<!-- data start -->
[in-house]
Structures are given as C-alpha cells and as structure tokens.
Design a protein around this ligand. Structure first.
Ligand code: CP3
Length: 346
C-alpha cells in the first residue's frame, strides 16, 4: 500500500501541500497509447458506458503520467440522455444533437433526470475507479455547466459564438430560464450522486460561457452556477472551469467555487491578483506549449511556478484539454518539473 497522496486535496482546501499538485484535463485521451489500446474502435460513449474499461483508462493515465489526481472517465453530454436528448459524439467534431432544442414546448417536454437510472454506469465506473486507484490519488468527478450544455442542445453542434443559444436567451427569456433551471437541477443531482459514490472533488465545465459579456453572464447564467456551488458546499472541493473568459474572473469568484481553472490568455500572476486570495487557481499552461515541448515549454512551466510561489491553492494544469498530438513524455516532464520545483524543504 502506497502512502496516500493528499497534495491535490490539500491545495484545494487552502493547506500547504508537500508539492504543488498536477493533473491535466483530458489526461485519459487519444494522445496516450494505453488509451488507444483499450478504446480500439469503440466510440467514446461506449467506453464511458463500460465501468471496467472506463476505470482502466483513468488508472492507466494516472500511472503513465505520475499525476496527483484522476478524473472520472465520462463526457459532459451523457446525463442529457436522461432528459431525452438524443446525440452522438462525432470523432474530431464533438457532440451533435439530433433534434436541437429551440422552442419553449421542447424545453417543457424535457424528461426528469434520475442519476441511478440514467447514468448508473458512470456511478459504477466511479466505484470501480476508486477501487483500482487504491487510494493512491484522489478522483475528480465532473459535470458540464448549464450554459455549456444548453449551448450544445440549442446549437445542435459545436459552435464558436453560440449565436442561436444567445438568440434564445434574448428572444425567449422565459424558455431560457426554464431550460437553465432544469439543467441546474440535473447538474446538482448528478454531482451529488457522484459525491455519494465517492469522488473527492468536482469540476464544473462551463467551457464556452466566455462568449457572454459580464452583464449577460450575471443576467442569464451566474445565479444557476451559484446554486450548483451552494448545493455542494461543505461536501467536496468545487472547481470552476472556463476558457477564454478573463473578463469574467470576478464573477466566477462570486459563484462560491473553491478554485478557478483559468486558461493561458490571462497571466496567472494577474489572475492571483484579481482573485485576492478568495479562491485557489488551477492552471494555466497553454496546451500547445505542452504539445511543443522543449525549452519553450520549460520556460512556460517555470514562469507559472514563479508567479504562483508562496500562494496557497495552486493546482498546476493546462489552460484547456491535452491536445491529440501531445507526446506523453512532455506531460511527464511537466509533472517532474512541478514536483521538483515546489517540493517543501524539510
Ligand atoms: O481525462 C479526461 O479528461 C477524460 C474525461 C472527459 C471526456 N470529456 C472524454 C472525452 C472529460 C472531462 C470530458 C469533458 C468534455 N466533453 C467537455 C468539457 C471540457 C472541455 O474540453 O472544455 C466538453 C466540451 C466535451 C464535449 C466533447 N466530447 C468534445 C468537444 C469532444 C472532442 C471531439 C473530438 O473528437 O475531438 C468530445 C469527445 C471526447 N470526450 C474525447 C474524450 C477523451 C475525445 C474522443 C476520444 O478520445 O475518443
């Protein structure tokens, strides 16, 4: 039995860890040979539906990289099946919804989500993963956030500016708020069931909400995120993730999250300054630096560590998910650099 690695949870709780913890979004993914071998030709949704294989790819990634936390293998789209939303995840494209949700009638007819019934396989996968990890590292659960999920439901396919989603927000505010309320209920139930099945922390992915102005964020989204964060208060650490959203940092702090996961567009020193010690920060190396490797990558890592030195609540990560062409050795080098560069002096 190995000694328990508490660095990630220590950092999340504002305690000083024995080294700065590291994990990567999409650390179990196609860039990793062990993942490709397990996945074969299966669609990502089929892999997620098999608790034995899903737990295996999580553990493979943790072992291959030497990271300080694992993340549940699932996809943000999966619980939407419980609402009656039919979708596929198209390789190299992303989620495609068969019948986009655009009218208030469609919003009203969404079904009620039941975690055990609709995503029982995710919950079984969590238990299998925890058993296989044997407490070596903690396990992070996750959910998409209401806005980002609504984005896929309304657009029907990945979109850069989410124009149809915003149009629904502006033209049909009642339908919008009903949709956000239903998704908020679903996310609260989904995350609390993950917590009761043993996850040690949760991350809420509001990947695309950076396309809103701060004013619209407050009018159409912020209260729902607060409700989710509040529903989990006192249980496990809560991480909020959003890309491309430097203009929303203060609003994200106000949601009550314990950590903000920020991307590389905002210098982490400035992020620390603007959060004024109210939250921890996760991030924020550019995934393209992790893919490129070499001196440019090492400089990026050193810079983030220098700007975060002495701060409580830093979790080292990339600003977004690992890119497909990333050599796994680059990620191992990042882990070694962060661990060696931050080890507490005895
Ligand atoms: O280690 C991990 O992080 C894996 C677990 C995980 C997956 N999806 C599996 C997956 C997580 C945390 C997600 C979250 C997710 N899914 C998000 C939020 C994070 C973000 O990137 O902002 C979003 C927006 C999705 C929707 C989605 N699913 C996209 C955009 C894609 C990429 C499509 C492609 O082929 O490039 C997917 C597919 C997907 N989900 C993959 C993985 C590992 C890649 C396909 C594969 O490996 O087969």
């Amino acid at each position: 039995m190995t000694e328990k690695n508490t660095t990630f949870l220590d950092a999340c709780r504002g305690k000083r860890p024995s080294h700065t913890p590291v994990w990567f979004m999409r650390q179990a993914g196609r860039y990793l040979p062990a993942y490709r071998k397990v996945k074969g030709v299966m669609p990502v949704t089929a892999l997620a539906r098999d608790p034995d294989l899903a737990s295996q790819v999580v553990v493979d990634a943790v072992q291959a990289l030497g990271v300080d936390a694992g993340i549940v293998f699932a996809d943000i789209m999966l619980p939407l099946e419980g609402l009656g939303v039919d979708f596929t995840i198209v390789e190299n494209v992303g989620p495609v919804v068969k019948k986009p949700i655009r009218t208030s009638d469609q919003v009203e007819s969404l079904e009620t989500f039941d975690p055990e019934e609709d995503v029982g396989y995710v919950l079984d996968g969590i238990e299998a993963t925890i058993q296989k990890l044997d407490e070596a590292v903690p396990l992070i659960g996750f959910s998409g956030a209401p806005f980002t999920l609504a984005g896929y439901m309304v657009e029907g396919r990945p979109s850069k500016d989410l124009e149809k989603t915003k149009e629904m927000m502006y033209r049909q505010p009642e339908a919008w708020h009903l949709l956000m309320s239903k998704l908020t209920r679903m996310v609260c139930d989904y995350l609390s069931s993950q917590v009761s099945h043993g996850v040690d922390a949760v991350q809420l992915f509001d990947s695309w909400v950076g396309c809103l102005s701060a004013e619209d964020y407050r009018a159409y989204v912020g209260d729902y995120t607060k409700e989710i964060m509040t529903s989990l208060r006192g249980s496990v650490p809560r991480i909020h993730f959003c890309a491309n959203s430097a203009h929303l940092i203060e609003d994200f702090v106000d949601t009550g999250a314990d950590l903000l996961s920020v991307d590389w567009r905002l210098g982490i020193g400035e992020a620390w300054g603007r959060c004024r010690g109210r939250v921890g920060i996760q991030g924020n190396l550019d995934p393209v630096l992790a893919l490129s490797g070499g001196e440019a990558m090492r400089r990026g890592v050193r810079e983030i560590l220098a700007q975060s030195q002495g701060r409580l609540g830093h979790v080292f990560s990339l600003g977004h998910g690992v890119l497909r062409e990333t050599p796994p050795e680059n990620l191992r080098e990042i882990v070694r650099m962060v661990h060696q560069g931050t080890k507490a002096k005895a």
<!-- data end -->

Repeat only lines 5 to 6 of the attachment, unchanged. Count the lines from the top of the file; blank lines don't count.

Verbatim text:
Length: 346
C-alpha cells in the first residue's frame, strides 16, 4: 500500500501541500497509447458506458503520467440522455444533437433526470475507479455547466459564438430560464450522486460561457452556477472551469467555487491578483506549449511556478484539454518539473 497522496486535496482546501499538485484535463485521451489500446474502435460513449474499461483508462493515465489526481472517465453530454436528448459524439467534431432544442414546448417536454437510472454506469465506473486507484490519488468527478450544455442542445453542434443559444436567451427569456433551471437541477443531482459514490472533488465545465459579456453572464447564467456551488458546499472541493473568459474572473469568484481553472490568455500572476486570495487557481499552461515541448515549454512551466510561489491553492494544469498530438513524455516532464520545483524543504 502506497502512502496516500493528499497534495491535490490539500491545495484545494487552502493547506500547504508537500508539492504543488498536477493533473491535466483530458489526461485519459487519444494522445496516450494505453488509451488507444483499450478504446480500439469503440466510440467514446461506449467506453464511458463500460465501468471496467472506463476505470482502466483513468488508472492507466494516472500511472503513465505520475499525476496527483484522476478524473472520472465520462463526457459532459451523457446525463442529457436522461432528459431525452438524443446525440452522438462525432470523432474530431464533438457532440451533435439530433433534434436541437429551440422552442419553449421542447424545453417543457424535457424528461426528469434520475442519476441511478440514467447514468448508473458512470456511478459504477466511479466505484470501480476508486477501487483500482487504491487510494493512491484522489478522483475528480465532473459535470458540464448549464450554459455549456444548453449551448450544445440549442446549437445542435459545436459552435464558436453560440449565436442561436444567445438568440434564445434574448428572444425567449422565459424558455431560457426554464431550460437553465432544469439543467441546474440535473447538474446538482448528478454531482451529488457522484459525491455519494465517492469522488473527492468536482469540476464544473462551463467551457464556452466566455462568449457572454459580464452583464449577460450575471443576467442569464451566474445565479444557476451559484446554486450548483451552494448545493455542494461543505461536501467536496468545487472547481470552476472556463476558457477564454478573463473578463469574467470576478464573477466566477462570486459563484462560491473553491478554485478557478483559468486558461493561458490571462497571466496567472494577474489572475492571483484579481482573485485576492478568495479562491485557489488551477492552471494555466497553454496546451500547445505542452504539445511543443522543449525549452519553450520549460520556460512556460517555470514562469507559472514563479508567479504562483508562496500562494496557497495552486493546482498546476493546462489552460484547456491535452491536445491529440501531445507526446506523453512532455506531460511527464511537466509533472517532474512541478514536483521538483515546489517540493517543501524539510